Teaching my kids to receive gifts graciously.

Once fateful Christmas day when he was not quite three, Zack tore open a Christmas gift from some relative or another and immediately blurted "BUT I ALREADY HAVE THIS! Is there anything else for me?"  

I shushed and covered and all that, but the damage was done, and for someone like Zack who is really, truly, painfully honest, he couldn't understand what he did wrong.  He DID already have it, and why shouldn't he be able to say that out loud?

Since then, I've made a point to talk to my kids often about what it is or isn't ok to say when receiving gifts, and we have a crash refresher course before every gift giving holiday like Christmas and birthdays.

Has it been 100% effective?  Of course not.  Like most of parenting it's totally trial and error as to what will stick and what will wash away like the crumbs of yesterday's chocolate pie, but I've talked to my kids about this SO much that I feel like we are worlds ahead of where we used to be.

I let my kids be in on the selecting and giving of gifts for others.
My kids get to pick out (with minimal interference from me) gifts for each other, gifts for their dad, gifts for their friends and extended family.  Sometimes they hit it completely out of the park, and sometimes they pick out orange body glitter for their middle aged aunts (true story), but by going through the process of selecting and giving gifts for others, they learn empathy for what the gift giver goes through for them.  Both my boys LOVE giving gifts and I love hearing them talk about how much so-and-so loved the whatever-it-was that they chose.  It's a subtle lesson for the art of graciously receiving gifts, but an important one, I think.

I teach my kids to always look the giver in the eye and say "thank you."
This seems like a no-brainer, but I continue to be amazed at the number of times people - even adults - don't extend this simplest courtesy.  I have probably prompted my kids a million times, "What do you say?" when they are given anything from an elaborate gift to a drink of water, but I'm happy to say that it's finally starting to stick and I have to prompt them less and less often now.  A simple "thank you" really does go a long, long way.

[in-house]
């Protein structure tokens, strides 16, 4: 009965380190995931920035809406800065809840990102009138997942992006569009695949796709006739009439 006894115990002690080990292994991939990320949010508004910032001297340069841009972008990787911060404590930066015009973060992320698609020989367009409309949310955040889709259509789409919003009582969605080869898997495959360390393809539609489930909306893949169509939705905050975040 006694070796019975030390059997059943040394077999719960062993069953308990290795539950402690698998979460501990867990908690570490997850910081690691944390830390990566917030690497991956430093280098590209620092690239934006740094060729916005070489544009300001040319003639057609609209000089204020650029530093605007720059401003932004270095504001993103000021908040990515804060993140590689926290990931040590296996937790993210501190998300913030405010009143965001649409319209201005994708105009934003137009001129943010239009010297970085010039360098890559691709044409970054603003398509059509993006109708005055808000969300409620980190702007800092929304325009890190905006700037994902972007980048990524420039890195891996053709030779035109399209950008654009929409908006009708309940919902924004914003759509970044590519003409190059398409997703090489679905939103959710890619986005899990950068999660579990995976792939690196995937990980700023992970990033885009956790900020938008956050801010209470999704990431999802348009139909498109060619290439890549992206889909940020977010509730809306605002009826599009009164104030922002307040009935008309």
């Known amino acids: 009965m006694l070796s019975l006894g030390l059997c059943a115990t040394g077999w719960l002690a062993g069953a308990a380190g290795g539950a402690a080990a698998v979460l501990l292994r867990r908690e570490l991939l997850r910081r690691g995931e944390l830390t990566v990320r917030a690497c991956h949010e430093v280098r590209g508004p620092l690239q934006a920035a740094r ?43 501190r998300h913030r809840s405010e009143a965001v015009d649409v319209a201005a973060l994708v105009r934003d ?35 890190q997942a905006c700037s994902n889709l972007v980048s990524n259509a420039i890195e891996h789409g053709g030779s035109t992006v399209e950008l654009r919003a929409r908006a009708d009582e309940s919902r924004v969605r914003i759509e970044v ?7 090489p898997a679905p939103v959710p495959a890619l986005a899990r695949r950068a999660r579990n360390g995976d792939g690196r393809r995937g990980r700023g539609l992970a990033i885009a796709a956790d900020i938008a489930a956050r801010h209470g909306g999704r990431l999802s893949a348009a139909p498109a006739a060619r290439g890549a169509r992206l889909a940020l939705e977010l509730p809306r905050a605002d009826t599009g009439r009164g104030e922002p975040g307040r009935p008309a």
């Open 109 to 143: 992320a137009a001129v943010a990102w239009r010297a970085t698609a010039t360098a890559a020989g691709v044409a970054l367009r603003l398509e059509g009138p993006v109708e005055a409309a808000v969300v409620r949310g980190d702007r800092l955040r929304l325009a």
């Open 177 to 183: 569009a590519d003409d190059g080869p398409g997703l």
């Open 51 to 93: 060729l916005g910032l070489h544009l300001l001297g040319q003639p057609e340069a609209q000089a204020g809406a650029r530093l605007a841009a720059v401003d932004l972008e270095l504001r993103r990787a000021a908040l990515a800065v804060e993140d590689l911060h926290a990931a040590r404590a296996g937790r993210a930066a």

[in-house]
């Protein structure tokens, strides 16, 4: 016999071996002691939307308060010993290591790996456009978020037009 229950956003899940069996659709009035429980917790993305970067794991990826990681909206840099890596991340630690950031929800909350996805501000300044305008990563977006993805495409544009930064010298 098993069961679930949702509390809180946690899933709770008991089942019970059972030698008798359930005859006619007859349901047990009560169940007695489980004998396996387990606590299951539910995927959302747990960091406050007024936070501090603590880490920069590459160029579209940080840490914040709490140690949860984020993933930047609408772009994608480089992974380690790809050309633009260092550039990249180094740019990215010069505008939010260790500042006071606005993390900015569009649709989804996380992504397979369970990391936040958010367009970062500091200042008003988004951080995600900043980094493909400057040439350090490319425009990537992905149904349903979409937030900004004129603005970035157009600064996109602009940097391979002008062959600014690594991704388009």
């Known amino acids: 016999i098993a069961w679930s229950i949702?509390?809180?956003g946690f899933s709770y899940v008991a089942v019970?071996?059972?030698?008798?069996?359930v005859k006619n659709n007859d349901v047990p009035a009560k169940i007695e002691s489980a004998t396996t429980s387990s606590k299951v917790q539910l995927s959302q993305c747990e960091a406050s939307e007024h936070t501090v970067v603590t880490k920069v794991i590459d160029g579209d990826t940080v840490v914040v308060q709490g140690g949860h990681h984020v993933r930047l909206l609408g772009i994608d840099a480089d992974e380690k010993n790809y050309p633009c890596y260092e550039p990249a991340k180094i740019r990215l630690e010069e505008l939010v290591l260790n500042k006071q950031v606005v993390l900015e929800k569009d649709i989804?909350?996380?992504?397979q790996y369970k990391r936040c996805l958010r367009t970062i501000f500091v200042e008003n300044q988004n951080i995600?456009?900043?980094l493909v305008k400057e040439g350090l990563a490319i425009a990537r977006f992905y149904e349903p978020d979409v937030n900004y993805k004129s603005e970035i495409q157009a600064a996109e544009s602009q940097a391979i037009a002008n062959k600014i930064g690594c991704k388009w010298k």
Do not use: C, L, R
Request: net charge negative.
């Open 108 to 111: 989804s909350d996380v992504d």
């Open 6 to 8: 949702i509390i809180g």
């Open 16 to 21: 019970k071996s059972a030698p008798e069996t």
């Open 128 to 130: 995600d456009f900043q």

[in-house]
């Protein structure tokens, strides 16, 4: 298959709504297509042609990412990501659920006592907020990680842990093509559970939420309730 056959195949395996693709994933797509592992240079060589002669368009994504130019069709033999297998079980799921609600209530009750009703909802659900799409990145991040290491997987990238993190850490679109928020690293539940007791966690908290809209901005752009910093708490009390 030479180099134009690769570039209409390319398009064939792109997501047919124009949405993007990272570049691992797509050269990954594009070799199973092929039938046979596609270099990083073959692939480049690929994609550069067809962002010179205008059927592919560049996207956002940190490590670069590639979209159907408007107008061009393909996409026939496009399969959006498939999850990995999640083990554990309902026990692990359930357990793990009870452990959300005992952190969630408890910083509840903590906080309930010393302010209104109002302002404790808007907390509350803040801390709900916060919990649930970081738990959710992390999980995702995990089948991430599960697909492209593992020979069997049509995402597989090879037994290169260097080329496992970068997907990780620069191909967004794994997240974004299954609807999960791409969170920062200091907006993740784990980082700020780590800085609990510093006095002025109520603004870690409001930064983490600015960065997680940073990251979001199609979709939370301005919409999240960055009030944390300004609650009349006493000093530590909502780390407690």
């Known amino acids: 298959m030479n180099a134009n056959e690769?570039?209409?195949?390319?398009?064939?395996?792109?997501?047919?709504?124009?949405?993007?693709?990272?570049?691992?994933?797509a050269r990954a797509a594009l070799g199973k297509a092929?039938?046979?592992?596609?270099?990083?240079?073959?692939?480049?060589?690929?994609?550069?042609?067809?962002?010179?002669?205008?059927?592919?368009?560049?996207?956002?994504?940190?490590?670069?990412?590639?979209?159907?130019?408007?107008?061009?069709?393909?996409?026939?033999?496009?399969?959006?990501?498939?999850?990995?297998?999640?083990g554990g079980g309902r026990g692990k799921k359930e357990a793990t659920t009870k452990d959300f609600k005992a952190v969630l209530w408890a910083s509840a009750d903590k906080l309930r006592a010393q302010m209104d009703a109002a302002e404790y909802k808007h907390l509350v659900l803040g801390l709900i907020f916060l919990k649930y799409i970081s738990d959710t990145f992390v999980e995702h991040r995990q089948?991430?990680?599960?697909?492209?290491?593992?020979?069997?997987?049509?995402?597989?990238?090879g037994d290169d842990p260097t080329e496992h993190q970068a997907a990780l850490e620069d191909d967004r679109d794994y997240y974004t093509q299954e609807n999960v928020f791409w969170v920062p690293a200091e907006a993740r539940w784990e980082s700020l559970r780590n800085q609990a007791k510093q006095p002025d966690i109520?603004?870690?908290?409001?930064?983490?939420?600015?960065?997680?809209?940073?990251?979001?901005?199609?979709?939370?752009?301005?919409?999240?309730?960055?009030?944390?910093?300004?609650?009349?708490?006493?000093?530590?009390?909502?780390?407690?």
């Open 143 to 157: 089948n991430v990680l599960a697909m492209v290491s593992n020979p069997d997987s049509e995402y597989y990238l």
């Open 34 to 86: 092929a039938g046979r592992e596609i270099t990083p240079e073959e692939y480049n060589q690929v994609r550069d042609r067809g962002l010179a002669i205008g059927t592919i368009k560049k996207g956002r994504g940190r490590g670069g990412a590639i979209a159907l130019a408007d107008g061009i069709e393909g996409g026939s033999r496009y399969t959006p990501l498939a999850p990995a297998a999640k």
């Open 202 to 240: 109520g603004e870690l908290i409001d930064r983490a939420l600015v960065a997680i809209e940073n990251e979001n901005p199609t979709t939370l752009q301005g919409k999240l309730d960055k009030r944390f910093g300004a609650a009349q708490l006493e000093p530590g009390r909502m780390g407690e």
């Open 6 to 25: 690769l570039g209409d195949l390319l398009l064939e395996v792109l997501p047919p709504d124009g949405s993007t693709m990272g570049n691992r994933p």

I tell my kids to pick one nice thing they notice about a gift and to comment on it.
If Aunt Margaret hands them a horrid lumpy sweater, they can comment on how warm it looks.  If Uncle Jim-Bob gives them a well used shirt six sizes too large, they can talk about how blue is their favorite color.  What I try to teach my kids is that if someone takes the time to choose something for them, then that means care and time and effort went into it.  I don't want my kids to lie.  I absolutely don't want them to gush about how much they love something if they really don't.  But... there are positive qualities to everything, and it's a good life skill to be able to see those things and call them out.

I teach them not to comment about negative things.
This is another one that might seem like a no-brainer, but when you're dealing with ridiculously outspoken and honest kids like mine, it's worth talking to them about it (repeatedly).  If they hate it, if it won't fit, if they already have it... these are things the gift giver doesn't necessarily need to know.  Now it's a totally different story if the giver asks specifically "Do you have that already?" or some such, but what I try to convey to them is if you can't say something nice, don't say anything at all.

I'm trying - every day - every single day - to teach them there is more to any holiday than receiving mountains of stuff.
My kids have so much - TOO much - and they will get mountains more.  But when I talk to them about holidays, I stress the other parts - getting together with family, giving to people less fortunate than us, enjoying time together doing fun things.  Christmas is about so much more than THINGS, and I don't want that to get overlooked in the mad rush that Christmas has become.

Good manners are important to me, and being able to graciously receive gifts from others is becoming a lost art form.  I cringe a little when I see people - children and adults - who are unable to utter even a simple "thank you" when they are given something.   I want to ensure my boys grow up knowing that these little niceties are not just important, they are necessary.  I have prompted them a million times to say "thank you" and I'm sure that before they are adults I will do it a million more, but the more they say it, the more it become a habit, and that's just the kind of habit that I want to help them build.

What do you do to help your kids receive gifts graciously? 

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